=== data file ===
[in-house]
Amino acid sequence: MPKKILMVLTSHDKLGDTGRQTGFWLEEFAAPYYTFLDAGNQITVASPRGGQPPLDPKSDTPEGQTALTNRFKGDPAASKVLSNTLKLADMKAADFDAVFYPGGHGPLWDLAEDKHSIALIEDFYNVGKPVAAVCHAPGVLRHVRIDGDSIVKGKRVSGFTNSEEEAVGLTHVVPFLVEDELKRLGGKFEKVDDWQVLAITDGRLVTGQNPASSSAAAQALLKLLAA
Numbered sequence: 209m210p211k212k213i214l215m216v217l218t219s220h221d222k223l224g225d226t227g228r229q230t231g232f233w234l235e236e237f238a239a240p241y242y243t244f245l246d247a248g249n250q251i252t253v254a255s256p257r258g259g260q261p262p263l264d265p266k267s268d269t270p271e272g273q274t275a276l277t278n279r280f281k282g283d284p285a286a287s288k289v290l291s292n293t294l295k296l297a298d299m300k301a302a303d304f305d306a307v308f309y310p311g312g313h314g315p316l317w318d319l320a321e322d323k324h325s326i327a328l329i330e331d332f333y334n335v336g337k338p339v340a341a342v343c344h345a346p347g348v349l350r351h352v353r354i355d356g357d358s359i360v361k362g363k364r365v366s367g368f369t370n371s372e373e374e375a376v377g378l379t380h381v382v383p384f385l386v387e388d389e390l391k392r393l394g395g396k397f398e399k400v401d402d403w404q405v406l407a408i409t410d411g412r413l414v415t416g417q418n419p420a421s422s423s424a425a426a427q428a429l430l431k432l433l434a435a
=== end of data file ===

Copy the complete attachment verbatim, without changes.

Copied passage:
[in-house]
Amino acid sequence: MPKKILMVLTSHDKLGDTGRQTGFWLEEFAAPYYTFLDAGNQITVASPRGGQPPLDPKSDTPEGQTALTNRFKGDPAASKVLSNTLKLADMKAADFDAVFYPGGHGPLWDLAEDKHSIALIEDFYNVGKPVAAVCHAPGVLRHVRIDGDSIVKGKRVSGFTNSEEEAVGLTHVVPFLVEDELKRLGGKFEKVDDWQVLAITDGRLVTGQNPASSSAAAQALLKLLAA
Numbered sequence: 209m210p211k212k213i214l215m216v217l218t219s220h221d222k223l224g225d226t227g228r229q230t231g232f233w234l235e236e237f238a239a240p241y242y243t244f245l246d247a248g249n250q251i252t253v254a255s256p257r258g259g260q261p262p263l264d265p266k267s268d269t270p271e272g273q274t275a276l277t278n279r280f281k282g283d284p285a286a287s288k289v290l291s292n293t294l295k296l297a298d299m300k301a302a303d304f305d306a307v308f309y310p311g312g313h314g315p316l317w318d319l320a321e322d323k324h325s326i327a328l329i330e331d332f333y334n335v336g337k338p339v340a341a342v343c344h345a346p347g348v349l350r351h352v353r354i355d356g357d358s359i360v361k362g363k364r365v366s367g368f369t370n371s372e373e374e375a376v377g378l379t380h381v382v383p384f385l386v387e388d389e390l391k392r393l394g395g396k397f398e399k400v401d402d403w404q405v406l407a408i409t410d411g412r413l414v415t416g417q418n419p420a421s422s423s424a425a426a427q428a429l430l431k432l433l434a435a